I’ve found a wonderful website, part of the Newberry Library in Chicago that has an Atlas of Historical County Boundaries. I use that page frequently. There is a map of the United States and after you click on one of the states you’ll get a state map and when you click on “View Interactive Map” you’ll get a map of the state with the date the territory was established and counties in place at the time. You can change the date to show how the counties changed through the years. Here’s what Florida looked like in 1825.

Did you know most of the east coast of Florida was part of Mosquito County? As accurate as that is, it’s probably a good idea they dropped the name as more counties were created.

Anyway.

As I clicked through the years and looked at the county boundaries I found there is a little sliver at the top of present day Osceola County—a sliver that includes Kissimmee—that was first part of Brevard County, then part of Orange County, and finally ended up in Osceola County. I tend to think Quinn and Jane Bass set up housekeeping somewhere along that sliver in the vicinity of Kissimmee and the future St. Cloud and were in the same general area all those years. In 1867 their daughter Effie, my great-grandmother, was born there.

Effie Bass married James White Miller II in 1885 when she was 18 years old. They had three children, Corrie Elizabeth (Aunt Corrie to my dad), James White III (my grandpa) and Honora Jane, who died when she was two years old. The baby was named after her two grandmothers: Honoria Quary Mills Miller and Jane Richards Bass. She died in 1899 and so far I haven’t found anything that tells me why or how she died. Five years later, in 1904, Effie died at the age of 37.I don’t know how she died either.

Sheriff Miller married again, to Marion Miller Butler (yes, her maiden name was Miller), who was born in Vicksburg in 1863 in the midst of the Civil War. Union soldiers quartered at her house during the war and called her “Little Reb.” In fact, her middle name was Rebella. Grandma Miller, as we would know her, lived to the ripe old age of 101. She received a birthday card from President Kennedy when she turned 100. He would be assassinated later that same year.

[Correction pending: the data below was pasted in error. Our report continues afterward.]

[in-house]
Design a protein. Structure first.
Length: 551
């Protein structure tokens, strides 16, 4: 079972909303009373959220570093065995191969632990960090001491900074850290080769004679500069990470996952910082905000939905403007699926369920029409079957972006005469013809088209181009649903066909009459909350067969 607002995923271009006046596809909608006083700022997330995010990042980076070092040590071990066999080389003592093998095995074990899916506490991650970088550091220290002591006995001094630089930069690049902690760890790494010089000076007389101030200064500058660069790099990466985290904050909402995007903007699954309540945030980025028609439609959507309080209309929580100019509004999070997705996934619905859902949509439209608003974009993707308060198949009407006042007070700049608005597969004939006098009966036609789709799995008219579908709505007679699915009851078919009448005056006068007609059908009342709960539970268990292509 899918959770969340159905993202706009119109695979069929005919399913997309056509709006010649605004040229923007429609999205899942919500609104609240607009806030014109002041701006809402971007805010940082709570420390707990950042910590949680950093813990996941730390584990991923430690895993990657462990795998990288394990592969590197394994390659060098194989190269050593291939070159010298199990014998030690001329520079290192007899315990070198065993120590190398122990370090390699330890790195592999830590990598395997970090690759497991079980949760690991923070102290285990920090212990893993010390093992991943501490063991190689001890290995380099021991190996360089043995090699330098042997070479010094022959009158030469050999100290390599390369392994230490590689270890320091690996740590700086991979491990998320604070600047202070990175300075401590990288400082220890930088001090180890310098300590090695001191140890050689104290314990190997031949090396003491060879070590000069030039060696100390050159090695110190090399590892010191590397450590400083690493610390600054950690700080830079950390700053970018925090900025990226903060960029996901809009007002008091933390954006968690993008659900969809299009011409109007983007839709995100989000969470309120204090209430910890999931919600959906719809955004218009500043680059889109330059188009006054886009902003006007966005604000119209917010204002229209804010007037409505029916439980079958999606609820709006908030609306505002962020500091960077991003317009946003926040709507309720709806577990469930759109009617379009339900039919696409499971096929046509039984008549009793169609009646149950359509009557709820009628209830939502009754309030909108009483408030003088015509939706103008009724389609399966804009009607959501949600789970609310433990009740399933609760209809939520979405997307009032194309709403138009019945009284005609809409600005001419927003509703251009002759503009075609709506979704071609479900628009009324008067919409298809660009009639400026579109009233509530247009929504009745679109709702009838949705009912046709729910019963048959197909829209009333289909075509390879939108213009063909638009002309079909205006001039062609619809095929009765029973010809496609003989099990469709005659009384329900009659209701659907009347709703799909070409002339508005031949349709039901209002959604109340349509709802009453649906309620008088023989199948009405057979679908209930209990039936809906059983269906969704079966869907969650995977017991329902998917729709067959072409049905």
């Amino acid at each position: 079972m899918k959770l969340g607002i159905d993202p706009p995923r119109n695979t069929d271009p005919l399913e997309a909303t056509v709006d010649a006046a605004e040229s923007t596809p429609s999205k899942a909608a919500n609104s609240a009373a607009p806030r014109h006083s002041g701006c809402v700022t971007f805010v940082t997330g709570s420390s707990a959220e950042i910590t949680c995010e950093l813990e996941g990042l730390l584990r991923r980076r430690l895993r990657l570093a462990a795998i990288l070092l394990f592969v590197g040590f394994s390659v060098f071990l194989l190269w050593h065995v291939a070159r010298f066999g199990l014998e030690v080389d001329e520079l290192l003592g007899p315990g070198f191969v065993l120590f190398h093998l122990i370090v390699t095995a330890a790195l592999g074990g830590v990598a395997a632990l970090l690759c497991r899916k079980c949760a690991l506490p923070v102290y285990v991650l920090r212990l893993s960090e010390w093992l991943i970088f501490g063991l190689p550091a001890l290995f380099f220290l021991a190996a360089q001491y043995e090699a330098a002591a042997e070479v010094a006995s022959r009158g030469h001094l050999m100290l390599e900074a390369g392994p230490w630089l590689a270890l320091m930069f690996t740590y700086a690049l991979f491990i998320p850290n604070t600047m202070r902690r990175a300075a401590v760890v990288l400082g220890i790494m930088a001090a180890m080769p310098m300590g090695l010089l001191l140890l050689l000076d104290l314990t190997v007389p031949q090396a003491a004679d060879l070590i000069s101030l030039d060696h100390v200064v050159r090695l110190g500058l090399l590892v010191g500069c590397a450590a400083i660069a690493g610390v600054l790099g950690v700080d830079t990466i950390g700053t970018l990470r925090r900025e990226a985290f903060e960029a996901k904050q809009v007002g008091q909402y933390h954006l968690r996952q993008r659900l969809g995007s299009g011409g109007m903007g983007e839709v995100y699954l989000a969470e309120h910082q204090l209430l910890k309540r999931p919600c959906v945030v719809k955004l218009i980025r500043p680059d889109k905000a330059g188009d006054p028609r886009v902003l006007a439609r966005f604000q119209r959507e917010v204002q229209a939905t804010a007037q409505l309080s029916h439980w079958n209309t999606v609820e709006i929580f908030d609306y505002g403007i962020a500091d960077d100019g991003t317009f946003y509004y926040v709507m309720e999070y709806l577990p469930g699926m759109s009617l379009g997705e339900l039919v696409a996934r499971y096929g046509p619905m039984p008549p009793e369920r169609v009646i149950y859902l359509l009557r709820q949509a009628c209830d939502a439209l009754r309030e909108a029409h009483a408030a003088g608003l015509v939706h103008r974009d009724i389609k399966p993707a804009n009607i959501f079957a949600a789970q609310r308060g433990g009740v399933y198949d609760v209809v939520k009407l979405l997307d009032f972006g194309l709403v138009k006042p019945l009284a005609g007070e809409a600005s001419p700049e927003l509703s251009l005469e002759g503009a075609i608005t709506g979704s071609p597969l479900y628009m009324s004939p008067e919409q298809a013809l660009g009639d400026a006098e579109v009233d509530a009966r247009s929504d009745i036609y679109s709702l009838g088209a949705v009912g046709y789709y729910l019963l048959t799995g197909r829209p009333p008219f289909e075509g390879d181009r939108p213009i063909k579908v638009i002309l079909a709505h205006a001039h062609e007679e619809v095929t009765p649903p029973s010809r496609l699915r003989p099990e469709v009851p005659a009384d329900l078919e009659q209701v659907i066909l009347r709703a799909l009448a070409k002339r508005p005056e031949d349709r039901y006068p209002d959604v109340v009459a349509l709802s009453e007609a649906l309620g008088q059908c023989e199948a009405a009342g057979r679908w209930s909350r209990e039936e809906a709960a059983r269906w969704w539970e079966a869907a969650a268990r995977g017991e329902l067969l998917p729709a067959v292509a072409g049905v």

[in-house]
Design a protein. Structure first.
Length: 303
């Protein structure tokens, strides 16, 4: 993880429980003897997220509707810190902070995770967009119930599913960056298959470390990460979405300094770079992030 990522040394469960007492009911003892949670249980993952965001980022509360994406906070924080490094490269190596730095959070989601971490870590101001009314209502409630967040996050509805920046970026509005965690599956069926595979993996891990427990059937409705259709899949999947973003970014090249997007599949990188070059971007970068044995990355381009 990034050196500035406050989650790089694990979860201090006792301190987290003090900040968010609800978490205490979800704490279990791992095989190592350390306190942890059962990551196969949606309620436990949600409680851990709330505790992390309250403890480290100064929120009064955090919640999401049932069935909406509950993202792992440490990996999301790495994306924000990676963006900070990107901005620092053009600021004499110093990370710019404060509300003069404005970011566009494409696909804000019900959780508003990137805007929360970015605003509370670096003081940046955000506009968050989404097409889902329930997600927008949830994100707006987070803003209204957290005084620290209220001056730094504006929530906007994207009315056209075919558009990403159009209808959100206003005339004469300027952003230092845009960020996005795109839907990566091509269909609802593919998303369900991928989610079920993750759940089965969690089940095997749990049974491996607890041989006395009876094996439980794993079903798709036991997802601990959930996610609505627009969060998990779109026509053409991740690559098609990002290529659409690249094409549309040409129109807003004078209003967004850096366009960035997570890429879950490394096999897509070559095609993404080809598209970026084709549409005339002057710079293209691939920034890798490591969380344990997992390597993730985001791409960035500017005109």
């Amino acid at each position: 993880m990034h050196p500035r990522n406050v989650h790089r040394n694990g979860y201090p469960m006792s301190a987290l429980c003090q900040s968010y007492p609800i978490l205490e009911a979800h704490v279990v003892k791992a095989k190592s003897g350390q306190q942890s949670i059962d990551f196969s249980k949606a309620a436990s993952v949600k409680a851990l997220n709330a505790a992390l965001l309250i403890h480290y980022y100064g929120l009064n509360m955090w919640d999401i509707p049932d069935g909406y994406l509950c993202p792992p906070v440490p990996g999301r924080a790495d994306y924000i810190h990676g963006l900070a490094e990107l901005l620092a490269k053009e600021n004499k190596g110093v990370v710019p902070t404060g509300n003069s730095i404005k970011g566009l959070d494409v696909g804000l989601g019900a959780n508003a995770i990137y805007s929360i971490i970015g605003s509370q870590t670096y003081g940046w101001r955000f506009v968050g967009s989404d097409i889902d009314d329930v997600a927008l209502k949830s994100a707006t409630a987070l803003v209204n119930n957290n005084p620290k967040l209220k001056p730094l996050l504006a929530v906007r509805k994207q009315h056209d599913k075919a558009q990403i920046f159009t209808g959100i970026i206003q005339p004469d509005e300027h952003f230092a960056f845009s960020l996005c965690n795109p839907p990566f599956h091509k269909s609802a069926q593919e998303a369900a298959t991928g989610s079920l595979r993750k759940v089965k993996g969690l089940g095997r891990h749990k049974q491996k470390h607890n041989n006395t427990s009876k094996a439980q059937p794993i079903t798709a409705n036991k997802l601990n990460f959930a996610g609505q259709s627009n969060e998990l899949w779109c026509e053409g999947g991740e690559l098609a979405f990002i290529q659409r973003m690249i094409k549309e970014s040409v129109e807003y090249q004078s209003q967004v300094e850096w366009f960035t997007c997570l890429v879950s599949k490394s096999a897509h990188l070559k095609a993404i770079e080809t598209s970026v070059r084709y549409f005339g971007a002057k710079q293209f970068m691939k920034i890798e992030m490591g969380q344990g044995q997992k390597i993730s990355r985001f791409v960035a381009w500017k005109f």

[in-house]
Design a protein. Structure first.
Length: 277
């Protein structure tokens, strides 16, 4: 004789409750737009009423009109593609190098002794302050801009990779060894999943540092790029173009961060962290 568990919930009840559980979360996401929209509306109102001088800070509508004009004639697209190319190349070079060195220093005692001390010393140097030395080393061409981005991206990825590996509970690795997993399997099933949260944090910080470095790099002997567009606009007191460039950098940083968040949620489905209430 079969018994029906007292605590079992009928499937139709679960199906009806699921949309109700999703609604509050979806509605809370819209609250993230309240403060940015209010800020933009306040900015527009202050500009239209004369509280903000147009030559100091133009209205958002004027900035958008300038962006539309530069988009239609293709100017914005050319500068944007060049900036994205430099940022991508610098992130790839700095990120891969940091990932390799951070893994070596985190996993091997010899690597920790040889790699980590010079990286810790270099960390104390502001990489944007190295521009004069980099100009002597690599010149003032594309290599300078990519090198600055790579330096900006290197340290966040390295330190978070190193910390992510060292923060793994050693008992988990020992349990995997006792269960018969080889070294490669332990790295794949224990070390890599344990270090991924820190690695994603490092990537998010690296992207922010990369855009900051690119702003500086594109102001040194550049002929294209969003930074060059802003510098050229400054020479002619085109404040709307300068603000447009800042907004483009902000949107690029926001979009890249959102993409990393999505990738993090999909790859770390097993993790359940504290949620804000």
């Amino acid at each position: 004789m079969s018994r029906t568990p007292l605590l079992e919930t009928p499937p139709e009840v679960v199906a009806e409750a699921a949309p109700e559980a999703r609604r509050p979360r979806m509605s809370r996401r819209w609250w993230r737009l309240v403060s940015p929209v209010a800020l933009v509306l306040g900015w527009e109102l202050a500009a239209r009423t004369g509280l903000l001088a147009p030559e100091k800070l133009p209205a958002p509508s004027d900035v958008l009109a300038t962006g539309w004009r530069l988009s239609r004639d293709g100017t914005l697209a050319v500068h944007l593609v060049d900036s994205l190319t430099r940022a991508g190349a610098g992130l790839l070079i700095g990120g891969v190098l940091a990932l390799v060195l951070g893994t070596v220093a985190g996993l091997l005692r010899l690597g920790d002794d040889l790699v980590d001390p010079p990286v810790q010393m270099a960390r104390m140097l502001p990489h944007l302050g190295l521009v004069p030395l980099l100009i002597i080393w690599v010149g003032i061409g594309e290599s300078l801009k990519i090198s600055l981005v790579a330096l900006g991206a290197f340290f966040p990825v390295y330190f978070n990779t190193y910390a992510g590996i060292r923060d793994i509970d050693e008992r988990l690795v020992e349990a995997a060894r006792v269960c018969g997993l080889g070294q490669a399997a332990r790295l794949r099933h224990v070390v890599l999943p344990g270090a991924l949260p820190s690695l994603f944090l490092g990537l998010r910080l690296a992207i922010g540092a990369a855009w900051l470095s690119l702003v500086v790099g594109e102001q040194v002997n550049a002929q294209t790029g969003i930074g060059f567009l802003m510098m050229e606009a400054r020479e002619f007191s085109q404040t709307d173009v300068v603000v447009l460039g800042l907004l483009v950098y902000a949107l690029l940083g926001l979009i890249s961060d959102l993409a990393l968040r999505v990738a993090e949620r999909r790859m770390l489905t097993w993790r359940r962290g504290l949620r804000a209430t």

The McKays were the last of my grandparents to arrive in Florida coming shortly after 1910. After the previous generation settled Whiteside County, Illinois, Donald Graham McKay (his father was born in Nova Scotia) decided to take his family to Florida. He was anticipating, and hoping to take advantage of, the land boom which continued into the 1920s.

The McKays were the first of my ancestors to arrive in Florida by car, traveling from Illinois in a Model T. My brother remembers hearing they had to spend some time in Georgia (Atlanta or Macon I think) to have the axles rebuilt to fit the ruts that formed the roads in the south. Evidently the width of a bale of cotton and the wagon that carried it dictated the width of the ruts of roads in the south. I don’t know what determined the width of roads in the north, but it wasn’t a cotton wagon.

In the 1930 the kids were all grown, and Donald and Olive McKay lived on Poinsettia Avenue in Orlando. Their home was valued at $20,000 on the 1930 census, easily the most affluent home in the area. They lived just around the corner from their daughter Gertrude and her family. Robert Dyer, his wife—we called her Aunt Gertie—and their five kids lived around the corner on Sheridan Avenue. The house on Sheridan was always our first stop when Dad took us home to Florida for vacations.

So that’s how my family got to Florida. They started arriving in the 1840s and my dad left when he joined the Air Force after he graduated from Orlando High School in 1949. He met my mom while he was in the service. That is a story—totally romantic—for another day.

Do you know how your family got to where they are now? I’d love to hear your stories.

Jan

xo to you Dad! 🙂

 
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Posted by on July 11, 2014 in McKay, Miller

 

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A Lard is a Lord

Did you know that the name Lard probably came about from a mispronunciation and then misspelling of the name Laird, which is Scottish for the title, lord.

My great great grandmother was a Lard. Judi—maybe Judith—Isabell Lard. Some family notes called her Bell. She was born just after the Civil War, 1867 to be exact, in Waterloo, Lauderdale County, Alabama.

Lauderdale County is the county in the upper left hand corner of the state of Alabama.  That’s the northwest corner. The southern border is the Tennessee River. Waterloo was one of the original town sites established when the county was created in 1818, just a year after Alabama Territory was established. Waterloo, on the bank of the river, flooded and moved a few times through the years but the little town is still there. Pickwick Landing Dam was built upstream from Waterloo and the Tennessee Valley Authority intentionally flooded the area to create Pickwick Lake.

Waterloo also has the dubious honor of being the starting point for the Trail of Tears where the Cherokee, one of the Five Civilized Tribes were forcibly marched from their native lands in the southeast to newly laid out Indian territory, now the state of Oklahoma. The Indian Removal Act was signed in 1830 by President Andrew Jackson and Indian removal started in 1831. The Cherokee were the last to be removed, leaving their native Alabama homes in 1838.

Lauderdale County is kind of “home base” for my Scott family heritage, and July 28, 1885 Judi Lard married into the Scott family, when she wed William Charlie Scott. William Charlie is the grandson of John Scott who was the first Scott to settle there. Charlie and Judi Scott had the first of their eleven children there, including my great grandpa, Avery Albert Scott.